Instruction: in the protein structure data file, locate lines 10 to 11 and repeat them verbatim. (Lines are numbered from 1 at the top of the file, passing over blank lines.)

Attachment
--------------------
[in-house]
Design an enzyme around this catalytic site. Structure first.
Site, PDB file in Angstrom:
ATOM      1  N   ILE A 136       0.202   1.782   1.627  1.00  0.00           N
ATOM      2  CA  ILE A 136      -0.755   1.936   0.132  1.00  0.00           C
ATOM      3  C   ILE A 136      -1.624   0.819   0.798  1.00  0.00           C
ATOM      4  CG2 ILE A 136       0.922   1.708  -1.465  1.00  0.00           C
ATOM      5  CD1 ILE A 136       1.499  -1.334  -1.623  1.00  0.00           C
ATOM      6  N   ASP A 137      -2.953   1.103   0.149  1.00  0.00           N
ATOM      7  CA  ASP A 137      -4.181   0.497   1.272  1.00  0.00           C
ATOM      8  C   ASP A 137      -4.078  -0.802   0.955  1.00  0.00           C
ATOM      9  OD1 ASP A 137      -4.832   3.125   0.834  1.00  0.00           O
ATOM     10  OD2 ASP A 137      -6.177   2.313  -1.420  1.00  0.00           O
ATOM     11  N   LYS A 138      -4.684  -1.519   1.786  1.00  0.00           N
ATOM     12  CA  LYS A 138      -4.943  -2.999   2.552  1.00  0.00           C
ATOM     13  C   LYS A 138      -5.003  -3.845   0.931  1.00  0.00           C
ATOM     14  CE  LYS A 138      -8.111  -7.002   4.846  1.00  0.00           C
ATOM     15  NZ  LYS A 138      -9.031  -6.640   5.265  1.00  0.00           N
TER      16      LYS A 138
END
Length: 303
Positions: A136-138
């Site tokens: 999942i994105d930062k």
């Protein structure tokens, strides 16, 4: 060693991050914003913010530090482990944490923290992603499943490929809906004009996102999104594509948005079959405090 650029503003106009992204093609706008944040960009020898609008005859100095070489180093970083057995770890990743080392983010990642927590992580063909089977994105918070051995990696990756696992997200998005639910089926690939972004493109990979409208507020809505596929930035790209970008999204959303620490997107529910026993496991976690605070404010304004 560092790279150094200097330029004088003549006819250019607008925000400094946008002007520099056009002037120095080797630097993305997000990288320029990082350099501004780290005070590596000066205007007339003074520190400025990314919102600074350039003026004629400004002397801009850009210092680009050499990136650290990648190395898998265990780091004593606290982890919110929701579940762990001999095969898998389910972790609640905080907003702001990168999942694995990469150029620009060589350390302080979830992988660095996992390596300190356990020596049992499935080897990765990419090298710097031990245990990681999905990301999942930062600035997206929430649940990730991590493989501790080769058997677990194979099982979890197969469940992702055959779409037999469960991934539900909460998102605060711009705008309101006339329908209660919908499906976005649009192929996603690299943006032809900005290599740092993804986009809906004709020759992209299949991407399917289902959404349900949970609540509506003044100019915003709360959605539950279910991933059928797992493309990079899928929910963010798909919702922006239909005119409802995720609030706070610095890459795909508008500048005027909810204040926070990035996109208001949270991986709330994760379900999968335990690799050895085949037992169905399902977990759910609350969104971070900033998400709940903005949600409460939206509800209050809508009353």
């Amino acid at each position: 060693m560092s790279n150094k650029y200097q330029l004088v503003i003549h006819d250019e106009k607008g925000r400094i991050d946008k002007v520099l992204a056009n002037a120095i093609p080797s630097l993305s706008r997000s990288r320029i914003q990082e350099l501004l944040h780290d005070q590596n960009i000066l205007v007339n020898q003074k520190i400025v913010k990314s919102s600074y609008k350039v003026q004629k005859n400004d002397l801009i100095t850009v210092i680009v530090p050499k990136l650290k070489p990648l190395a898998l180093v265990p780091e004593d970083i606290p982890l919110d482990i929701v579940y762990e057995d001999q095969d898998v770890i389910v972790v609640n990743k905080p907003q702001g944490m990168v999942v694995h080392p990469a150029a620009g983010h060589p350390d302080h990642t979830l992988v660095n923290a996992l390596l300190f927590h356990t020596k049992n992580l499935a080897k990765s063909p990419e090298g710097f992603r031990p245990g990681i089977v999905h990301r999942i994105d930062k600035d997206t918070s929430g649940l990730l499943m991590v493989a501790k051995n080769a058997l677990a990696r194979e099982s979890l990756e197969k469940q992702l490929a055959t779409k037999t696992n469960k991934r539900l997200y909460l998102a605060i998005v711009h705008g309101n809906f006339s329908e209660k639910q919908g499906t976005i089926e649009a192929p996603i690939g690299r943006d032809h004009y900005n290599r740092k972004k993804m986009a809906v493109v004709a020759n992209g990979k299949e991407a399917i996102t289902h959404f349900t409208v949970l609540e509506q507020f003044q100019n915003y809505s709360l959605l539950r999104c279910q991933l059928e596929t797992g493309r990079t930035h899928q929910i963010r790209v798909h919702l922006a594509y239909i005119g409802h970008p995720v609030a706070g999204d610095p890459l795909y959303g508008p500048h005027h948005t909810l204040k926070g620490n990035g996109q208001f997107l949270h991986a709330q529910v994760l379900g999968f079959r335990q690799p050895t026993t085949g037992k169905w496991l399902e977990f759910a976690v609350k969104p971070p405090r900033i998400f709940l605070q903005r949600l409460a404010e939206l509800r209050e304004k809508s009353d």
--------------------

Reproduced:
ATOM      7  CA  ASP A 137      -4.181   0.497   1.272  1.00  0.00           C
ATOM      8  C   ASP A 137      -4.078  -0.802   0.955  1.00  0.00           C